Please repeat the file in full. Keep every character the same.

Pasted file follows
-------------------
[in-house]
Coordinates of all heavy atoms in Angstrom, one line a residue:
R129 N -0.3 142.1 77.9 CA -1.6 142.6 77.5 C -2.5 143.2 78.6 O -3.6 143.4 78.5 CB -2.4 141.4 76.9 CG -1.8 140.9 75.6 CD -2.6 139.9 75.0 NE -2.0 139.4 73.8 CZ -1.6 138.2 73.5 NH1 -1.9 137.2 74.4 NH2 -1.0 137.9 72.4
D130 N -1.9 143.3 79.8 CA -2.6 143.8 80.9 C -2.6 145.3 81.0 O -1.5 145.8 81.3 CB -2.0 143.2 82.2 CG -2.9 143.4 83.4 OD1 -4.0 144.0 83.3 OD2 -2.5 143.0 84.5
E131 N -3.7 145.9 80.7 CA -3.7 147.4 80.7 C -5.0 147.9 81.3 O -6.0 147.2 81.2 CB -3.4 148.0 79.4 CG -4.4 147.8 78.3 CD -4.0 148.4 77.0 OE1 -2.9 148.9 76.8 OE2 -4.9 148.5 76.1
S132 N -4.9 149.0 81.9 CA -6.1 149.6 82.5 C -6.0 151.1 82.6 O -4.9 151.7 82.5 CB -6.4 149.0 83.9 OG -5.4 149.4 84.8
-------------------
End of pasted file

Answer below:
[in-house]
Coordinates of all heavy atoms in Angstrom, one line a residue:
R129 N -0.3 142.1 77.9 CA -1.6 142.6 77.5 C -2.5 143.2 78.6 O -3.6 143.4 78.5 CB -2.4 141.4 76.9 CG -1.8 140.9 75.6 CD -2.6 139.9 75.0 NE -2.0 139.4 73.8 CZ -1.6 138.2 73.5 NH1 -1.9 137.2 74.4 NH2 -1.0 137.9 72.4
D130 N -1.9 143.3 79.8 CA -2.6 143.8 80.9 C -2.6 145.3 81.0 O -1.5 145.8 81.3 CB -2.0 143.2 82.2 CG -2.9 143.4 83.4 OD1 -4.0 144.0 83.3 OD2 -2.5 143.0 84.5
E131 N -3.7 145.9 80.7 CA -3.7 147.4 80.7 C -5.0 147.9 81.3 O -6.0 147.2 81.2 CB -3.4 148.0 79.4 CG -4.4 147.8 78.3 CD -4.0 148.4 77.0 OE1 -2.9 148.9 76.8 OE2 -4.9 148.5 76.1
S132 N -4.9 149.0 81.9 CA -6.1 149.6 82.5 C -6.0 151.1 82.6 O -4.9 151.7 82.5 CB -6.4 149.0 83.9 OG -5.4 149.4 84.8